Just the fact that every object of recognition has a unique pattern of electrical expression across a particular part of the brain is in itself a good basis for a first look at the neuroanatomy of memory. If we accept the observation that pattern of neural activity associated with recognition changes as new things are added to the repertoire of the familiar, then questions arise about not just memory and recognition, but also about comprehension. Freeman defines "gestalt" as "a meaning-laden perception... that is unique to each individual" (2). This term is useful both in that it allows for a changing significance over time, and in that unique past experience is inherent to it. How does the brain travel from perception to gestalt? The EEG patterns collected by FreemanŐs group begin to shed some light on how meaning is assigned to the familiar and how the brain both reflects and directs changes in that meaning. It is also an example of how changes and processes in the brain are considerably more cooperative and anatomically integrated than had been previously thought. There are two other influences on the process of recognition which Freeman postulates and which I think bear considering before we leave the olfactory bulb for other regions of the brain.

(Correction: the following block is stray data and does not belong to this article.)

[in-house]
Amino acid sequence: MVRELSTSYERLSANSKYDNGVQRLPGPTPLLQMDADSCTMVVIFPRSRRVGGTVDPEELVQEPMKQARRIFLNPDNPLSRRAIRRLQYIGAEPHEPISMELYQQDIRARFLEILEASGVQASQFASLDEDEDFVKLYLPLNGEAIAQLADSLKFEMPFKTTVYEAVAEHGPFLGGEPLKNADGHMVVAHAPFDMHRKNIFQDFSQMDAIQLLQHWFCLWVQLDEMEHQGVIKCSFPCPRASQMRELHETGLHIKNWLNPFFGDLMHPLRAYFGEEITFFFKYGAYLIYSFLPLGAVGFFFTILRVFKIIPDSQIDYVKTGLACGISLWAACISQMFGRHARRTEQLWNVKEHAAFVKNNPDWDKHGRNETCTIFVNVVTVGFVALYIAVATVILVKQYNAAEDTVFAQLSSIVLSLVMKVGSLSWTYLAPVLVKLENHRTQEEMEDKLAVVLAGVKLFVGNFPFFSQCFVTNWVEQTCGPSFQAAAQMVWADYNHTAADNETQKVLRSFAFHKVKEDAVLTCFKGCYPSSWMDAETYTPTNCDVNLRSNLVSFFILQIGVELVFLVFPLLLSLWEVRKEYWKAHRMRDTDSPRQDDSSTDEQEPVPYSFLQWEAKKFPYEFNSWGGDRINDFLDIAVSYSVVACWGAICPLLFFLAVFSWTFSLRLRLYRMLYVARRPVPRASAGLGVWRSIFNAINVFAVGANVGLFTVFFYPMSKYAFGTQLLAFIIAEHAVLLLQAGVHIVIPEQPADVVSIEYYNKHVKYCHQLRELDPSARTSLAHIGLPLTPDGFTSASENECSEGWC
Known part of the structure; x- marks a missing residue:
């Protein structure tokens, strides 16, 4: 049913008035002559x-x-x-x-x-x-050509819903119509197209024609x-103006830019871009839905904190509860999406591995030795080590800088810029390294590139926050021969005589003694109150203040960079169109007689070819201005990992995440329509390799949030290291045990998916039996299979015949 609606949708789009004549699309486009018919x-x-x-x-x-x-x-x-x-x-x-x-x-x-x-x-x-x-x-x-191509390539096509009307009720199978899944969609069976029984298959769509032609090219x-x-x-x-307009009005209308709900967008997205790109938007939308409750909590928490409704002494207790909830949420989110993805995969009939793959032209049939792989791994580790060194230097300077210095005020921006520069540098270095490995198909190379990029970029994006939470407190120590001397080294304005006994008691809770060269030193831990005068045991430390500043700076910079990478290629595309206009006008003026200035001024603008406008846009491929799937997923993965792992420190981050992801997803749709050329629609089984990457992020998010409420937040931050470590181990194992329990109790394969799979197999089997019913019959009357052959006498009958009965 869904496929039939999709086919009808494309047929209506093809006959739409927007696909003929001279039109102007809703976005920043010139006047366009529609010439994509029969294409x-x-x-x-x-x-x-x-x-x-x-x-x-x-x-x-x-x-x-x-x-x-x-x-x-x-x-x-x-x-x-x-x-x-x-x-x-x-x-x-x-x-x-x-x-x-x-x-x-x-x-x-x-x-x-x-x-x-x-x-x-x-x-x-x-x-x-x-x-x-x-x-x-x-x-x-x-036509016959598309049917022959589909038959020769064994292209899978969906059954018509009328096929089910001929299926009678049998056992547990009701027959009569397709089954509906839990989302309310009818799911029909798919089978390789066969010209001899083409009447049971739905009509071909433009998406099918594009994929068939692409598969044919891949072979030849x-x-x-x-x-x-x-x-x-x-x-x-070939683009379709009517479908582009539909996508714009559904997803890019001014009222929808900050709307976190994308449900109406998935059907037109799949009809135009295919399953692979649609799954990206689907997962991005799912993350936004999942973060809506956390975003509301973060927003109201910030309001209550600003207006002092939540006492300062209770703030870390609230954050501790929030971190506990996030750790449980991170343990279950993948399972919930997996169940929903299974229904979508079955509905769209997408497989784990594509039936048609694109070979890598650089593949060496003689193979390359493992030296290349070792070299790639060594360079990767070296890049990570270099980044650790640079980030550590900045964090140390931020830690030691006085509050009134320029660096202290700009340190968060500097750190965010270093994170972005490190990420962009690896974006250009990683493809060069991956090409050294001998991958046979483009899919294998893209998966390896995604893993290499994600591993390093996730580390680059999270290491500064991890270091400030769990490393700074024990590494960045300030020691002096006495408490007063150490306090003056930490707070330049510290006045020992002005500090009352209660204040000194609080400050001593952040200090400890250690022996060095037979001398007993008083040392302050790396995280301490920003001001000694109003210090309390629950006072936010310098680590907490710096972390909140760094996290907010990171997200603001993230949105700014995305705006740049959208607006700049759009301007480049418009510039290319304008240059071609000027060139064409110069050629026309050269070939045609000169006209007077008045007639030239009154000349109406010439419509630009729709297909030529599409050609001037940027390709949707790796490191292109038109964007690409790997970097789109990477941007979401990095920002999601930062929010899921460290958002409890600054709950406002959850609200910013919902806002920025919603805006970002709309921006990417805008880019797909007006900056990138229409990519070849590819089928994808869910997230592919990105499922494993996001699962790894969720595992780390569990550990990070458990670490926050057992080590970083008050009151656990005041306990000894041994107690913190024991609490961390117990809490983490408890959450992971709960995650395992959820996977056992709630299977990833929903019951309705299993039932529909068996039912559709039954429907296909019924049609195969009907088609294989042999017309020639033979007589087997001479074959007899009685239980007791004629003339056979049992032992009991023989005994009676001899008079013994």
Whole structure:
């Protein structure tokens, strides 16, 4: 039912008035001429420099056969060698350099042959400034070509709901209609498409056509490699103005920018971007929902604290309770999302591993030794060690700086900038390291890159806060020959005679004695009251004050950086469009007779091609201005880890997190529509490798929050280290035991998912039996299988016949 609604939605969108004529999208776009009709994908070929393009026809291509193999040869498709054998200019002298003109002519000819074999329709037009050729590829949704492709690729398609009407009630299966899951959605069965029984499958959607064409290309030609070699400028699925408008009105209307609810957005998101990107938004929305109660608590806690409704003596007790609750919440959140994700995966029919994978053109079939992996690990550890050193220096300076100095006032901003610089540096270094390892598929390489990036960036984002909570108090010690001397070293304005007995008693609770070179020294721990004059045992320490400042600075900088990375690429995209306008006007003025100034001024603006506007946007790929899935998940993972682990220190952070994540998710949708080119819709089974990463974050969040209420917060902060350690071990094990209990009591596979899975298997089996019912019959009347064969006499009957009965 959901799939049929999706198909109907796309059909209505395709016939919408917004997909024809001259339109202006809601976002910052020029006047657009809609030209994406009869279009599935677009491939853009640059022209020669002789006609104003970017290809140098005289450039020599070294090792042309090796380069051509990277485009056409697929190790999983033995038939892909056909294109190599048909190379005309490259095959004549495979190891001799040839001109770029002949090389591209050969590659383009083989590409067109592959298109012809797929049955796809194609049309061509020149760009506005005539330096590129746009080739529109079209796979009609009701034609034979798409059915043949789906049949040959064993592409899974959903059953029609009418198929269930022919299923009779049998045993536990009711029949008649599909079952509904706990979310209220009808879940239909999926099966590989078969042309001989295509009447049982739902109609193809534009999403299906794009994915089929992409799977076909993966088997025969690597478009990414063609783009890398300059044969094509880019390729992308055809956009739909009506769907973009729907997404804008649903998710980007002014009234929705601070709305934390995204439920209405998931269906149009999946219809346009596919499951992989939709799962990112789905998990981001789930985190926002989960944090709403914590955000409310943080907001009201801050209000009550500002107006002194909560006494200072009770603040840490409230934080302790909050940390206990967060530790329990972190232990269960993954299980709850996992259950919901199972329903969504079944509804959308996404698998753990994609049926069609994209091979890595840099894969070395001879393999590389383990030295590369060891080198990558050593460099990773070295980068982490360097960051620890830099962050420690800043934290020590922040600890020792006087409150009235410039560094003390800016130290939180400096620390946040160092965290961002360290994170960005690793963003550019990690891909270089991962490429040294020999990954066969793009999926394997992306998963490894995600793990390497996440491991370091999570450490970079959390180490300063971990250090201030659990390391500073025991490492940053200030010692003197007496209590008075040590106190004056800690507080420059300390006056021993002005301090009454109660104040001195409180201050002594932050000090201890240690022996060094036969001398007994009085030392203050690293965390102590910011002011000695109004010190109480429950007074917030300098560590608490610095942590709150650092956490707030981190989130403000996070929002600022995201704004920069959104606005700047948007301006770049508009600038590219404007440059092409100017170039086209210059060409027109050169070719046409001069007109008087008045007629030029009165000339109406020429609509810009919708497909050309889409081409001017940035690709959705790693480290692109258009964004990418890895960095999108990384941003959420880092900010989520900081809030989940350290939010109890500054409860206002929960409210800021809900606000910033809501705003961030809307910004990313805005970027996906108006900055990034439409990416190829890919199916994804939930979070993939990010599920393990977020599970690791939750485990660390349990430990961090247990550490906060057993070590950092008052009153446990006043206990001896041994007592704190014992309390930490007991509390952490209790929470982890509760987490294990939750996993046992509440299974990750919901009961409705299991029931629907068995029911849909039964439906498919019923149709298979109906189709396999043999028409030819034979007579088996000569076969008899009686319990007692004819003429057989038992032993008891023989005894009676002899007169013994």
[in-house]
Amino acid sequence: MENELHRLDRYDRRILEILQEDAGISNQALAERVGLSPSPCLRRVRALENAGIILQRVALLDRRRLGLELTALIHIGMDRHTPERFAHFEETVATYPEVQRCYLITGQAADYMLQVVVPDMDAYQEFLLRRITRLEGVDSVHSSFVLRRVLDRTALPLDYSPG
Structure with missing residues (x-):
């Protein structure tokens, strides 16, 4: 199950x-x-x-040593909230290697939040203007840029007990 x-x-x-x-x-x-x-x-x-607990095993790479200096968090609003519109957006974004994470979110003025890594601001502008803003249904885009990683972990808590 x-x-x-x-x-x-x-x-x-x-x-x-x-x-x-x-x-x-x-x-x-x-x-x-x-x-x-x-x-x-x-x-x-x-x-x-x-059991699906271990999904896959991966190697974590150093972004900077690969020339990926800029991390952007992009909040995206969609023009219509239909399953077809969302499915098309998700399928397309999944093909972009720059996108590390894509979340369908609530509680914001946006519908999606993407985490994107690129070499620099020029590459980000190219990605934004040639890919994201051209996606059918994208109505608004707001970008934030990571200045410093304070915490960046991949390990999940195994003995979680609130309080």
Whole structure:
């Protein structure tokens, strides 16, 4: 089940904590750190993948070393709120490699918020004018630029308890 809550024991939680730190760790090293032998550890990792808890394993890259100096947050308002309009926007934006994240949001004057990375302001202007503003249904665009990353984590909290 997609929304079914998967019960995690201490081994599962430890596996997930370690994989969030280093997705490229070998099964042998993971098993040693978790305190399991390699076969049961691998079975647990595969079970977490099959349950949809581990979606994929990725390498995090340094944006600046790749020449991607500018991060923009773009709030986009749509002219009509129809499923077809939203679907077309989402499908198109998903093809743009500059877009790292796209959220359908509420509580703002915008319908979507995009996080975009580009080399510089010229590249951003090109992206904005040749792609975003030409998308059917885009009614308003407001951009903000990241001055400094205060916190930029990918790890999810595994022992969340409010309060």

The first of these is hypothetical. Freeman suggests the existence of a group of neurons called the nerve cell assembly, which are stimulated by other neurons during learning. The behavior of these cells is dictated by Hebbs Rule, that "synapses between neurons that fire together become stronger, as long as the synchronous firing is accompanied by a reward" (2). These neurons effectively connect the sensory input neurons to each other by receiving input from several of them at once; when simultaneous excitation among them occurs in connection with a consequence, the Hebbian synapses of the nerve cell assembly are selectively strengthened (2). That strengthening is reflected in increased sensitivity in the post-synaptic cell; in this case, the synapses between the connected neurons which are excited by input (2). The consequence of such a system is that it would help coordinate the "burst" which occurs with recognition, and that this would then help the input associated with a familiar scent stand out against less important incoming information. These assemblies thus strengthened would be a physical "repository for past associations" (2), reflecting not just recognition of a smell but the experiences which went along with it, assuming that the experiences were significant in some way.